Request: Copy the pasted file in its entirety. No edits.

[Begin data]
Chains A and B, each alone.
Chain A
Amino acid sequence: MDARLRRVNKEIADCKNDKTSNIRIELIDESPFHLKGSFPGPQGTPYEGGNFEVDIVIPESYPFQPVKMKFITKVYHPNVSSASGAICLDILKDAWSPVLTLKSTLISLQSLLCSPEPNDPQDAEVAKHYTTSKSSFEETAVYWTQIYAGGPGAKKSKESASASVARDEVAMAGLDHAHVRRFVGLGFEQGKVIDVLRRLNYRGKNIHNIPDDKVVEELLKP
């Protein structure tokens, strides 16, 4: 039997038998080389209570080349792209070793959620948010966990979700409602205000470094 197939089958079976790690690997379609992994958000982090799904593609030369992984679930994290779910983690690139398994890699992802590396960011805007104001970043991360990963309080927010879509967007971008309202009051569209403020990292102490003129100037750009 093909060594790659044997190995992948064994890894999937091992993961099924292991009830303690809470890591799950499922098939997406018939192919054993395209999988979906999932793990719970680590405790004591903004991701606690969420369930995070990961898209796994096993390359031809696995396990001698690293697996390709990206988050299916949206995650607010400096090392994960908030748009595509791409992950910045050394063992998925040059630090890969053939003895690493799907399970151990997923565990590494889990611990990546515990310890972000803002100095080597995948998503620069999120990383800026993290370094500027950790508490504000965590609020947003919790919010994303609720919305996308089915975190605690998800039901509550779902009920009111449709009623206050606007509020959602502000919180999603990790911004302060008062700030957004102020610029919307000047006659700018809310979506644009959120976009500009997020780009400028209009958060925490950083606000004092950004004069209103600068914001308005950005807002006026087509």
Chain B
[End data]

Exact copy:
Chains A and B, each alone.
Chain A
Amino acid sequence: MDARLRRVNKEIADCKNDKTSNIRIELIDESPFHLKGSFPGPQGTPYEGGNFEVDIVIPESYPFQPVKMKFITKVYHPNVSSASGAICLDILKDAWSPVLTLKSTLISLQSLLCSPEPNDPQDAEVAKHYTTSKSSFEETAVYWTQIYAGGPGAKKSKESASASVARDEVAMAGLDHAHVRRFVGLGFEQGKVIDVLRRLNYRGKNIHNIPDDKVVEELLKP
């Protein structure tokens, strides 16, 4: 039997038998080389209570080349792209070793959620948010966990979700409602205000470094 197939089958079976790690690997379609992994958000982090799904593609030369992984679930994290779910983690690139398994890699992802590396960011805007104001970043991360990963309080927010879509967007971008309202009051569209403020990292102490003129100037750009 093909060594790659044997190995992948064994890894999937091992993961099924292991009830303690809470890591799950499922098939997406018939192919054993395209999988979906999932793990719970680590405790004591903004991701606690969420369930995070990961898209796994096993390359031809696995396990001698690293697996390709990206988050299916949206995650607010400096090392994960908030748009595509791409992950910045050394063992998925040059630090890969053939003895690493799907399970151990997923565990590494889990611990990546515990310890972000803002100095080597995948998503620069999120990383800026993290370094500027950790508490504000965590609020947003919790919010994303609720919305996308089915975190605690998800039901509550779902009920009111449709009623206050606007509020959602502000919180999603990790911004302060008062700030957004102020610029919307000047006659700018809310979506644009959120976009500009997020780009400028209009958060925490950083606000004092950004004069209103600068914001308005950005807002006026087509």
Chain B